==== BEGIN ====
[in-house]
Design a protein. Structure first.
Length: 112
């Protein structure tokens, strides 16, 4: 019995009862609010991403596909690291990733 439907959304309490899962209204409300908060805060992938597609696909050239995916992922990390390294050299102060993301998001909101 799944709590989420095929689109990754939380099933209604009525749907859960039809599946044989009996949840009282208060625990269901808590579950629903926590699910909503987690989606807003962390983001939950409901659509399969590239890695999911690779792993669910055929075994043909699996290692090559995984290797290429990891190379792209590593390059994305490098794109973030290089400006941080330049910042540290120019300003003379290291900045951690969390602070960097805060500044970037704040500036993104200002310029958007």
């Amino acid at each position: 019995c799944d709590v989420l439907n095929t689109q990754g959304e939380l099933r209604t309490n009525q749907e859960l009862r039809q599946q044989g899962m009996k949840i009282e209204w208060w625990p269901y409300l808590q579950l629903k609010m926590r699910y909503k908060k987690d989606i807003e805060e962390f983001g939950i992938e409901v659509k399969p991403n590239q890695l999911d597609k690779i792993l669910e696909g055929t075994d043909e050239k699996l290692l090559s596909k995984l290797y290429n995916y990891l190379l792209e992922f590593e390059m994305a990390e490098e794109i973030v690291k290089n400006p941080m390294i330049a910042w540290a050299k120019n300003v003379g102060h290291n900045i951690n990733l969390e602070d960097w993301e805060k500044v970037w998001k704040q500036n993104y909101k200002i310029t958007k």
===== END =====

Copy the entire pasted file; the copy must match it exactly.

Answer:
[in-house]
Design a protein. Structure first.
Length: 112
């Protein structure tokens, strides 16, 4: 019995009862609010991403596909690291990733 439907959304309490899962209204409300908060805060992938597609696909050239995916992922990390390294050299102060993301998001909101 799944709590989420095929689109990754939380099933209604009525749907859960039809599946044989009996949840009282208060625990269901808590579950629903926590699910909503987690989606807003962390983001939950409901659509399969590239890695999911690779792993669910055929075994043909699996290692090559995984290797290429990891190379792209590593390059994305490098794109973030290089400006941080330049910042540290120019300003003379290291900045951690969390602070960097805060500044970037704040500036993104200002310029958007």
């Amino acid at each position: 019995c799944d709590v989420l439907n095929t689109q990754g959304e939380l099933r209604t309490n009525q749907e859960l009862r039809q599946q044989g899962m009996k949840i009282e209204w208060w625990p269901y409300l808590q579950l629903k609010m926590r699910y909503k908060k987690d989606i807003e805060e962390f983001g939950i992938e409901v659509k399969p991403n590239q890695l999911d597609k690779i792993l669910e696909g055929t075994d043909e050239k699996l290692l090559s596909k995984l290797y290429n995916y990891l190379l792209e992922f590593e390059m994305a990390e490098e794109i973030v690291k290089n400006p941080m390294i330049a910042w540290a050299k120019n300003v003379g102060h290291n900045i951690n990733l969390e602070d960097w993301e805060k500044v970037w998001k704040q500036n993104y909101k200002i310029t958007k």